We have recently settled a claim for a GP client who suffered loss of vision and visual disturbance because of negligent anaesthetic management during spinal surgery.
Our client had long-standing problems with compression of nerves in his lumbar spine because of degenerative disease. This was causing him pain in his legs. His medical history also included raised blood pressure and high cholesterol. His spinal surgeon advised that he needed surgery to decompress the affected nerve roots and alleviate his pain.
The surgery took place in June 2014. It lasted six hours. The decompression was successful, but when our client came round following the operation his eyelids were grossly swollen and he could not open his eyes. He was immediately aware that he had lost sight in both eyes. No obvious abnormality could be seen within either eye, but it was not until the following day that a consultant ophthalmologist was called. She found our client was by then able to discern hand movements using his right eye and on the left could just about count fingers. She diagnosed probable ischaemic optic neuropathy. This occurs when the blood supply to the optic nerve has been impaired, damaging the nerve fibres carrying information from the eyes to the brain that normally enable sight.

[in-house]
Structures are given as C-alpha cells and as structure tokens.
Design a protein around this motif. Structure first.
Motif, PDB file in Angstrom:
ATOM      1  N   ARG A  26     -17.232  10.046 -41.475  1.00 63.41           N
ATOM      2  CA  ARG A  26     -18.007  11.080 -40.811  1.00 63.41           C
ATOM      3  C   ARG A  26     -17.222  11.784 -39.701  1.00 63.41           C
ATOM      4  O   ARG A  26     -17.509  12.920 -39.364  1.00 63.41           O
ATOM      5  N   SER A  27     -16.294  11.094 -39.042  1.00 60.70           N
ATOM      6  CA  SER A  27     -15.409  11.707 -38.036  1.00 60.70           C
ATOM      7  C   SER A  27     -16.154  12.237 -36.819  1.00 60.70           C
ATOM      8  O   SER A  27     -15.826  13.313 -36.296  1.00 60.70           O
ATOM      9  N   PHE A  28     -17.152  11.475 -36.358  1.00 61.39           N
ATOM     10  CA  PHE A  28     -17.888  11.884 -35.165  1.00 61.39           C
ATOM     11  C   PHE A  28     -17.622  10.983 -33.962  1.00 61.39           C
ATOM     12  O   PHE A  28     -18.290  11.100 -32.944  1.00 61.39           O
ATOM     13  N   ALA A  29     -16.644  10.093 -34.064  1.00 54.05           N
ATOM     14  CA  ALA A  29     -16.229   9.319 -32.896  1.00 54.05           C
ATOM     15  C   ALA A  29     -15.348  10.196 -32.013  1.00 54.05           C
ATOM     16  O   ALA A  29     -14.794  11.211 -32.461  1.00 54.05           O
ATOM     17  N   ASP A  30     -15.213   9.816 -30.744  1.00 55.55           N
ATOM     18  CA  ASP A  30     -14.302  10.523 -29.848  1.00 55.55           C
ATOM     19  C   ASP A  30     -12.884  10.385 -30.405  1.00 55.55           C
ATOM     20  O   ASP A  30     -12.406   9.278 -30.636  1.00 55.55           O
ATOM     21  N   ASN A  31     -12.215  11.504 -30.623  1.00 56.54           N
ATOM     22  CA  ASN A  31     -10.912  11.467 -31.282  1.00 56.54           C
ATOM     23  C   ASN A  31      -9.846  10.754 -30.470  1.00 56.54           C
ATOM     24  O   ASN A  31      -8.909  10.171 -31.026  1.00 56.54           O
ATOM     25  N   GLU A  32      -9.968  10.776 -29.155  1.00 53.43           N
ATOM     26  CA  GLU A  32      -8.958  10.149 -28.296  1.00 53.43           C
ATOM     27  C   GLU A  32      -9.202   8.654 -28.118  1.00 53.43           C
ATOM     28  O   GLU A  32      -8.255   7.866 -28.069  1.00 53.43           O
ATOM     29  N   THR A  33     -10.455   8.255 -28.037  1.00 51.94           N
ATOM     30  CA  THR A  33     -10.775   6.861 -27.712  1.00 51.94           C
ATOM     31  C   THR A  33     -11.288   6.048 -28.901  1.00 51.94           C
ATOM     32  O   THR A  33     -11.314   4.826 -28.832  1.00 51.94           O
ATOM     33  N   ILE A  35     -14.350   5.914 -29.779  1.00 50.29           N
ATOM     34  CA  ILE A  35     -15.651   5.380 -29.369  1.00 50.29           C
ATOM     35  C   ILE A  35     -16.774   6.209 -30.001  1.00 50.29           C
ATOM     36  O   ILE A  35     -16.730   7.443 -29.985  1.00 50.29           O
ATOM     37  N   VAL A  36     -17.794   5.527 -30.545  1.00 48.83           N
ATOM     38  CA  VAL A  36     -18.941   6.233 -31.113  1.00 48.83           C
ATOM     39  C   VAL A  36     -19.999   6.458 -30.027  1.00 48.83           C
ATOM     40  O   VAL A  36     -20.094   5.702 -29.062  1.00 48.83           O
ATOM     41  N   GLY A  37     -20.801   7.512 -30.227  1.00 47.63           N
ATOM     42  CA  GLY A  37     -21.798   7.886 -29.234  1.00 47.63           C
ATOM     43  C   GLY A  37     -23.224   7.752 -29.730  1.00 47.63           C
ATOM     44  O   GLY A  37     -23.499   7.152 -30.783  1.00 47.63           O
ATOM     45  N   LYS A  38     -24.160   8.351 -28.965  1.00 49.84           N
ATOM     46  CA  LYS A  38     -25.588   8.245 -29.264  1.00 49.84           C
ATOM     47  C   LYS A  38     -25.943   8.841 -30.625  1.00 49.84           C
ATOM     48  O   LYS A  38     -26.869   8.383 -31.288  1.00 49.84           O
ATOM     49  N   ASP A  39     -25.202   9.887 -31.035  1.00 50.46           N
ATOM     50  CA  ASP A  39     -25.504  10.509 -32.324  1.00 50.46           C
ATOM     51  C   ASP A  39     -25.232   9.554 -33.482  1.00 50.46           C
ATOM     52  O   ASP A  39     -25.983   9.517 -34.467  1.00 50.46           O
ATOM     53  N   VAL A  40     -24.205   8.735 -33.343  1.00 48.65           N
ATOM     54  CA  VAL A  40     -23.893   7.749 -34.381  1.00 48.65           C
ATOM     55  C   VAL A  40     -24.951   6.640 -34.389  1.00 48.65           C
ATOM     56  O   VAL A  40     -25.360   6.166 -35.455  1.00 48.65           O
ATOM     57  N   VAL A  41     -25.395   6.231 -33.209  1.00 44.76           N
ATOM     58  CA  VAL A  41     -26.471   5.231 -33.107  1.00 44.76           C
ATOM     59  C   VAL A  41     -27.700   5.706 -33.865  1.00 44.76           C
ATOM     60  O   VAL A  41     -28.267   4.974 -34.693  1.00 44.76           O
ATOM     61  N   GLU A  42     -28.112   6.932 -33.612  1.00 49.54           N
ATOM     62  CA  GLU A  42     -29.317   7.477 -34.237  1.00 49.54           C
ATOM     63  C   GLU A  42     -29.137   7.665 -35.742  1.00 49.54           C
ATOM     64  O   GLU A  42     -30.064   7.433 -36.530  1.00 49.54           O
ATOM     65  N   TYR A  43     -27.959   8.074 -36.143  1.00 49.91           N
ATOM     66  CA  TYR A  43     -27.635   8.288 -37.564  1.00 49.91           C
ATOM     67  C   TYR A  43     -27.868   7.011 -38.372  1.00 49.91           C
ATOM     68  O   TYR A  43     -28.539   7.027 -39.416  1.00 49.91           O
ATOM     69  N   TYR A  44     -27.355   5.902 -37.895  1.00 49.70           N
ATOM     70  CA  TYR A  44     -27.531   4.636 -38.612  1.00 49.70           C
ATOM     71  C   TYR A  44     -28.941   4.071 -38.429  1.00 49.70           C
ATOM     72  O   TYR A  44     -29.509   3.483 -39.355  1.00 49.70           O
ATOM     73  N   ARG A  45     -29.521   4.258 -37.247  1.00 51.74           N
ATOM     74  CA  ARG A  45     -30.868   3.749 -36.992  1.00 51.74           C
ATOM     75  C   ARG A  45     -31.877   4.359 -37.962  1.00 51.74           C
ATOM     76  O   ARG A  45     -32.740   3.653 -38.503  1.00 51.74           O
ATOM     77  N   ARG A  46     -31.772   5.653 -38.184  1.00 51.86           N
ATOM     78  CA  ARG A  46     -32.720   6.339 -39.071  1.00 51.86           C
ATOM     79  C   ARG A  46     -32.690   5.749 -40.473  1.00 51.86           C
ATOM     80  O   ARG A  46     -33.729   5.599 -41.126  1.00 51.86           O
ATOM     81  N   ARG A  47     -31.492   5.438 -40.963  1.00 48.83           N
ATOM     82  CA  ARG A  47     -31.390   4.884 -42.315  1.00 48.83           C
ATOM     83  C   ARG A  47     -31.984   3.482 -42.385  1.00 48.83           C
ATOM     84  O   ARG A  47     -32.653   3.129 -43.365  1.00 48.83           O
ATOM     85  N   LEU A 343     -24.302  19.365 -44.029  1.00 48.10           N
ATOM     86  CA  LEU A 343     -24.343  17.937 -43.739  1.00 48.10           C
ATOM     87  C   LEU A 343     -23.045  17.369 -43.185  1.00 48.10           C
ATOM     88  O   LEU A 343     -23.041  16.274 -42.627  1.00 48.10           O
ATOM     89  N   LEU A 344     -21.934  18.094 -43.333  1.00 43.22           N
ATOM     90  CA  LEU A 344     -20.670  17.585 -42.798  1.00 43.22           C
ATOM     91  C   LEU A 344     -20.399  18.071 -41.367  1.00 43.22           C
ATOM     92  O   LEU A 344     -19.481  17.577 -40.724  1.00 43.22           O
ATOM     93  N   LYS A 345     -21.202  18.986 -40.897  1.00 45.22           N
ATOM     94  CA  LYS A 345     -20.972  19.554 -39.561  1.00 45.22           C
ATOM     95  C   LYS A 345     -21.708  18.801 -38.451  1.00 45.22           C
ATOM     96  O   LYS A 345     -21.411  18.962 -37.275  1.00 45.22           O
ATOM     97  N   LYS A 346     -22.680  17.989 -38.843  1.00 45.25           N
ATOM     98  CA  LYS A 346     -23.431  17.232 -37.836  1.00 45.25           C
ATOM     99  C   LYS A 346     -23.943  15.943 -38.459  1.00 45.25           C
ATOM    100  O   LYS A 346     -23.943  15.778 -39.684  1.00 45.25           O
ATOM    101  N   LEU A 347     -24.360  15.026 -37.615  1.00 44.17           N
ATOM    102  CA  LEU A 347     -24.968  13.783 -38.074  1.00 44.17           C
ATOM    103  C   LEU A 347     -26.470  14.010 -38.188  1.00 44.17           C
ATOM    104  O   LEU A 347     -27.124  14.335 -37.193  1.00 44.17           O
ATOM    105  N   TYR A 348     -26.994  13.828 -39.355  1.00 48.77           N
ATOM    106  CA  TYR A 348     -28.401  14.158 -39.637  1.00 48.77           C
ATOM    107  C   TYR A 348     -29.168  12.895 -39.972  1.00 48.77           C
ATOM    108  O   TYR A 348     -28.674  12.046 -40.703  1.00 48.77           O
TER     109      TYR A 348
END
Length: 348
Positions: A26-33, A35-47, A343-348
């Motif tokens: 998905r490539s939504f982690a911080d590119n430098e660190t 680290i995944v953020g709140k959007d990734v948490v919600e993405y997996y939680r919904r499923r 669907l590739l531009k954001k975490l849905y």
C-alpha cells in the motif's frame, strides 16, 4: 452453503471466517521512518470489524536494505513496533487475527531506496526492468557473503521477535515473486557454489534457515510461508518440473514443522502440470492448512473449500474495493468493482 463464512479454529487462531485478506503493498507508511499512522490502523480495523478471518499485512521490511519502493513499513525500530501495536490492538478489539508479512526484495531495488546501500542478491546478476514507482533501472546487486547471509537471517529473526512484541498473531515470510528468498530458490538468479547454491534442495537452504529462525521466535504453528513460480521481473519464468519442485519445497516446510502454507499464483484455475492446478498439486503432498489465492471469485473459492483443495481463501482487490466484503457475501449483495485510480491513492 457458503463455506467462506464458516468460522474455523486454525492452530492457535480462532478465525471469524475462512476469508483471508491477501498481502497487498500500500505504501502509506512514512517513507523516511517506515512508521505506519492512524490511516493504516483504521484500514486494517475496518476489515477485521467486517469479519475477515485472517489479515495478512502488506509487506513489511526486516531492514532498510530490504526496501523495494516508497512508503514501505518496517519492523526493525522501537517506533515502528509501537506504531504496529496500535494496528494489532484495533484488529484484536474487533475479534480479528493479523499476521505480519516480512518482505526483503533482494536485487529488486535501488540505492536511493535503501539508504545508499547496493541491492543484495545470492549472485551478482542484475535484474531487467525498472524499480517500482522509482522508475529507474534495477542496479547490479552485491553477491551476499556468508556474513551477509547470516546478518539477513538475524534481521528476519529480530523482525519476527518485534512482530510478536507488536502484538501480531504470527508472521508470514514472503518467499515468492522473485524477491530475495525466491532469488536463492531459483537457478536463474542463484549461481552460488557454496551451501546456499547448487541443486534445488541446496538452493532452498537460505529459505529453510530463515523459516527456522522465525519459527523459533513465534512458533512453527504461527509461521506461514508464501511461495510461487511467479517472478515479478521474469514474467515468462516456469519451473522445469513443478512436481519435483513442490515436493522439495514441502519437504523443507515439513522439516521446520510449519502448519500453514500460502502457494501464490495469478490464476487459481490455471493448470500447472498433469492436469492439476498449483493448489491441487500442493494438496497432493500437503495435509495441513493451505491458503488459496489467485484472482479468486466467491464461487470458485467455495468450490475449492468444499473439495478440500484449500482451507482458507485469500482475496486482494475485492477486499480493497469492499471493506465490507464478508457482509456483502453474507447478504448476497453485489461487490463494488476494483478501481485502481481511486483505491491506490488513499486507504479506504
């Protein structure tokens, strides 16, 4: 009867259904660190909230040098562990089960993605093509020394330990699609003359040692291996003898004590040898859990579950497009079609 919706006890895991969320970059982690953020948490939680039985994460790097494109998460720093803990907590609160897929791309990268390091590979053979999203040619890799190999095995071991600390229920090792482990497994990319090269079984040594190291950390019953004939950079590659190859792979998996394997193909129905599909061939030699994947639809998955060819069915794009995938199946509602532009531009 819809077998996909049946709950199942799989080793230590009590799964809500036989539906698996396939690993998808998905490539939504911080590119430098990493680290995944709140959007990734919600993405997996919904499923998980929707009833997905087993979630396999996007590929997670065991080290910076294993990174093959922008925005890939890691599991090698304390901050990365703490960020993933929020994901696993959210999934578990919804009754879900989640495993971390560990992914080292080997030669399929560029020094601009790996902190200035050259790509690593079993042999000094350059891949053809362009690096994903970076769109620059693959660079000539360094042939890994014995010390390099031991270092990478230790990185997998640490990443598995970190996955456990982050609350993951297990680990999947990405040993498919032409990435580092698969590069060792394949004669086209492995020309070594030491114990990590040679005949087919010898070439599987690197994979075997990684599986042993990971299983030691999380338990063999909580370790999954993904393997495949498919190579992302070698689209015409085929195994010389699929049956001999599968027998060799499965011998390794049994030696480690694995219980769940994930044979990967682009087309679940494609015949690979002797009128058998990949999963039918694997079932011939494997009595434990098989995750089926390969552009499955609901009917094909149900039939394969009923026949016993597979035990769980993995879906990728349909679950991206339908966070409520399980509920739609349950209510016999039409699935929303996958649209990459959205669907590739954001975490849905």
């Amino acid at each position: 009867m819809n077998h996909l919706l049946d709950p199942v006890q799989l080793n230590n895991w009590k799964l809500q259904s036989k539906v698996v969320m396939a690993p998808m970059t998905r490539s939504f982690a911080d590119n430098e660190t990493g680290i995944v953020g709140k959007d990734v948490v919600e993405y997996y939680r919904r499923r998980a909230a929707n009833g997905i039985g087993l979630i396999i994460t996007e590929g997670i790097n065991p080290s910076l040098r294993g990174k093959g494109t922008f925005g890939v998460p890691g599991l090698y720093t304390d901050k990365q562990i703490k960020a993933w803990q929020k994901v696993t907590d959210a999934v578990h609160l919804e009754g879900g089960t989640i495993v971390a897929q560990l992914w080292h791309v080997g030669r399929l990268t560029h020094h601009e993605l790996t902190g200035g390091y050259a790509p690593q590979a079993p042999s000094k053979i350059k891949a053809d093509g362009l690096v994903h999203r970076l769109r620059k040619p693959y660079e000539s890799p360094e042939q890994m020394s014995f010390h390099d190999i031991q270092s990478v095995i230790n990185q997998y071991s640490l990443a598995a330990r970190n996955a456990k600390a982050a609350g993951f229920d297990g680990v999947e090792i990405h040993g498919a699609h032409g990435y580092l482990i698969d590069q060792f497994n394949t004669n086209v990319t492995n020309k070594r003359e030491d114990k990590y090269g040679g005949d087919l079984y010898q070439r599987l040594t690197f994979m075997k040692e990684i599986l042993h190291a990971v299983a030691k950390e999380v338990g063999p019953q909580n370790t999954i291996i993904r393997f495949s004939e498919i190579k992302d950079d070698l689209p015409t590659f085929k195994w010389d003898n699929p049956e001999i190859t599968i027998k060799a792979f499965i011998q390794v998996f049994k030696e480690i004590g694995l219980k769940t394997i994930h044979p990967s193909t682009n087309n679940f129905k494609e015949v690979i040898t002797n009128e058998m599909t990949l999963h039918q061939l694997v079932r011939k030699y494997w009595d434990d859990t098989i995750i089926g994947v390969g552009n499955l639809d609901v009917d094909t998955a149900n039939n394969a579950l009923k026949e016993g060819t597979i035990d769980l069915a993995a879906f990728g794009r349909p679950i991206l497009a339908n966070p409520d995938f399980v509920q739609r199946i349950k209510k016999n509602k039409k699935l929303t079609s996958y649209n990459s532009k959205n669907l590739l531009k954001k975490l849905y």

Over the following few weeks, our client experienced limited return of sight in his left eye. His field of vision was constricted, so he could see only in part of his left eye which was distorted. No useful vision has ever returned in his right eye.
He now suffers disturbing visual hallucinations, diagnosed as Charles-Bonnet Syndrome. This is a relatively common condition among people who have lost sight as the brain tries to make up for the missing information that the optic nerve is no longer able to provide. Our client describes, for example, that if he is travelling in a car, hedges can suddenly appear to move into the road and block the path of the car, so that he senses impending collision. He also sees black dots across his field of vision and has problems with depth perception, particularly when trying to walk across uneven ground or up and down steps. The damage affects his ability to distinguish contrast, particularly in brightly lit situations.
Prior to the surgery, our client was a qualified GP who worked as an advisor to an investor in primary care services. He tried to resume working, but his visual loss and disturbance made it very difficult for him to use computer screens. He works far more slowly than before and felt he could not adequately fulfil the demands of his role. As a result, he reduced his work and ultimately, retired earlier than he intended. He now needs considerable help from his wife to cope with day-to-day life. He cannot see properly to manage many aspects of daily living, including jobs around the house and gardening.
He complained to the Wellington Hospital where the procedure took place, but was dissatisfied with the lack of information they were prepared to give him following their investigation and felt they were dismissive of his concerns.